Wipe Battery Status – Myth or Reality

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  • 01 Oct 2012
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  • Most Android users prefer to install a custom ROM on their devices, sacrificing some of the stability in favor of new features. A custom ROM also brings the ability to completely modify the system to the user’s liking by installing different mods made for a specific ROM or for deoxed frameworks.


    A majority of custom ROM developers claim that their firmware can bring better battery life than the OEM software. Weather is this true or not  today’s debate concerns another aspect. It is said that installing a different ROM can affect the way the battery info is displayed and can lead to poor battery performance. To avoid this inconvenience, it is recommended by the custom ROM developers that you “wipe your battery status” after each new ROM you install. The method involves charging your device to 100%, booting into your CWM Recovery, hitting advanced and then wipe battery status. Now you should have great battery life, or should you?

    It looks like another Android myth is busted as a Google Engineer decided to take a stand and explain that wiping the battery status does not improve battery life. In fact, it doesn’t do anything then delete the batterystats.bin file that is used to maintain, across reboots, low-level data about the kinds of operations the device and your apps are doing between battery changes. The file is recreated by the system and everything goes back to normal.


    Bottom line, wiping the battery status does not improve battery life, make your device faster or your life easier. For better battery life you’re better off sticking with the stock ROM or buying a higher capacity battery. Here is the original statement by Dianne Hackborn, Google Android framework engineer:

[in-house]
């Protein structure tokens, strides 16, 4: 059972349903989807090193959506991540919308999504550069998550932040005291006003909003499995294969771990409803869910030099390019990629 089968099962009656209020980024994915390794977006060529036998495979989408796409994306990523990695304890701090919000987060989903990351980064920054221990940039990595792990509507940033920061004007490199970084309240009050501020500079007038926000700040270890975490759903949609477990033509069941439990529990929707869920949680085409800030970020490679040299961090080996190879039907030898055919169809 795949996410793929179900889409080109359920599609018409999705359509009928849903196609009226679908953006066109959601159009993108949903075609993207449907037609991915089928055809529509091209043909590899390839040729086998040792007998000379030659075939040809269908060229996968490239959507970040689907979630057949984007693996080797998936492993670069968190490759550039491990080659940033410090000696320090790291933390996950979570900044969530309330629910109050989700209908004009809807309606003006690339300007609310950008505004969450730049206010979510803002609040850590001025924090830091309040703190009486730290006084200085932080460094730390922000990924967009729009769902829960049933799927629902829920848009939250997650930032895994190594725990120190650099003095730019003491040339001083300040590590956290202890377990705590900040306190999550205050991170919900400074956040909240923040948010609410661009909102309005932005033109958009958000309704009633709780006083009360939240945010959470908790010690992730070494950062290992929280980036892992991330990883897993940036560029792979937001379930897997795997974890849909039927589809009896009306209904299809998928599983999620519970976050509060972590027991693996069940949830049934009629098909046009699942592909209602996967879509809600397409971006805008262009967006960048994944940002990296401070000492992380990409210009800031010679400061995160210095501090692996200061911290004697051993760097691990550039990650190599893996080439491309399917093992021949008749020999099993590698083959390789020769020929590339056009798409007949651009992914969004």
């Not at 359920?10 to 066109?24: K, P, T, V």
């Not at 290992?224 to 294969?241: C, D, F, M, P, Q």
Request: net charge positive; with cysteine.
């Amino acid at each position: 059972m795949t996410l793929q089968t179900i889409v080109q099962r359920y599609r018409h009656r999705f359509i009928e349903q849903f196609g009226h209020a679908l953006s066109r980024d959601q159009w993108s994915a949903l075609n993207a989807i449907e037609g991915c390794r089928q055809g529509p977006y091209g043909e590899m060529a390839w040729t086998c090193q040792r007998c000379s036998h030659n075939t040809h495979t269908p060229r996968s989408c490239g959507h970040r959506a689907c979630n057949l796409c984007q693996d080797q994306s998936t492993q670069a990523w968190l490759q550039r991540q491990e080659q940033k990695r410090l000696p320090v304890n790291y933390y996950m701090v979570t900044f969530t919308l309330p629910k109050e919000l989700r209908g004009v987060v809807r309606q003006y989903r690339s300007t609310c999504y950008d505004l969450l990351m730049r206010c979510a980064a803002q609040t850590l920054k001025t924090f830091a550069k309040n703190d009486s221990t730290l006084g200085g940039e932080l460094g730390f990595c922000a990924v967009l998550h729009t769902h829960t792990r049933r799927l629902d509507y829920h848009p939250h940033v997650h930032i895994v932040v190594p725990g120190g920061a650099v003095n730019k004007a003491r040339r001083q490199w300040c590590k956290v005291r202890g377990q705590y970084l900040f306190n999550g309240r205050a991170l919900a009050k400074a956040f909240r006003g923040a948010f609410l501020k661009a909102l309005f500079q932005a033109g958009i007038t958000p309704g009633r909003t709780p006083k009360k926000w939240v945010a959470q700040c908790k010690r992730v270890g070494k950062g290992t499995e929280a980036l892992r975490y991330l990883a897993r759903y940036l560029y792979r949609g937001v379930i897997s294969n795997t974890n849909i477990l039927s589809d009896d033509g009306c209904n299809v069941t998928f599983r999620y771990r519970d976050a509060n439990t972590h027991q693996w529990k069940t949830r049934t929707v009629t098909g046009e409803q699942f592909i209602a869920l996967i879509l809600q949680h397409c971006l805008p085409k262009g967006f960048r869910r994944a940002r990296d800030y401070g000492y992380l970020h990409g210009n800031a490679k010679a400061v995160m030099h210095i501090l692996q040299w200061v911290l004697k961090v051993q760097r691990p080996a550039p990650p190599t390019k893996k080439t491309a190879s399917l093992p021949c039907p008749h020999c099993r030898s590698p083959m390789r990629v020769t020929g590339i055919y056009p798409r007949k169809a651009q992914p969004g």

Today’s myth debunking:

     “The battery indicator in the status/notification bar is a reflection of the batterystats.bin file in the data/system/ directory.”

     No, it does not.

     This file is used to maintain, across reboots, low-level data about the kinds of operations the device and your apps are doing between battery changes. That is, it is solely used to compute the blame for battery usage shown in the “Battery Use” UI in settings.

     That is, it has deeply significant things like “app X held a wake lock for 2 minutes” and “the screen was on at 60% brightness for 10 minutes.”

     It has no impact on the current battery level shown to you.

     It has no impact on your battery life.

    Deleting it is not going to do anything to make your more device more fantastic and wonderful… well, unless you have some deep hatred for seeing anything shown in the battery usage UI. And anyway, it is reset every time you unplug from power with a relatively full charge (thus why the battery usage UI data resets at that point), so this would be a much easier way to make it go away.

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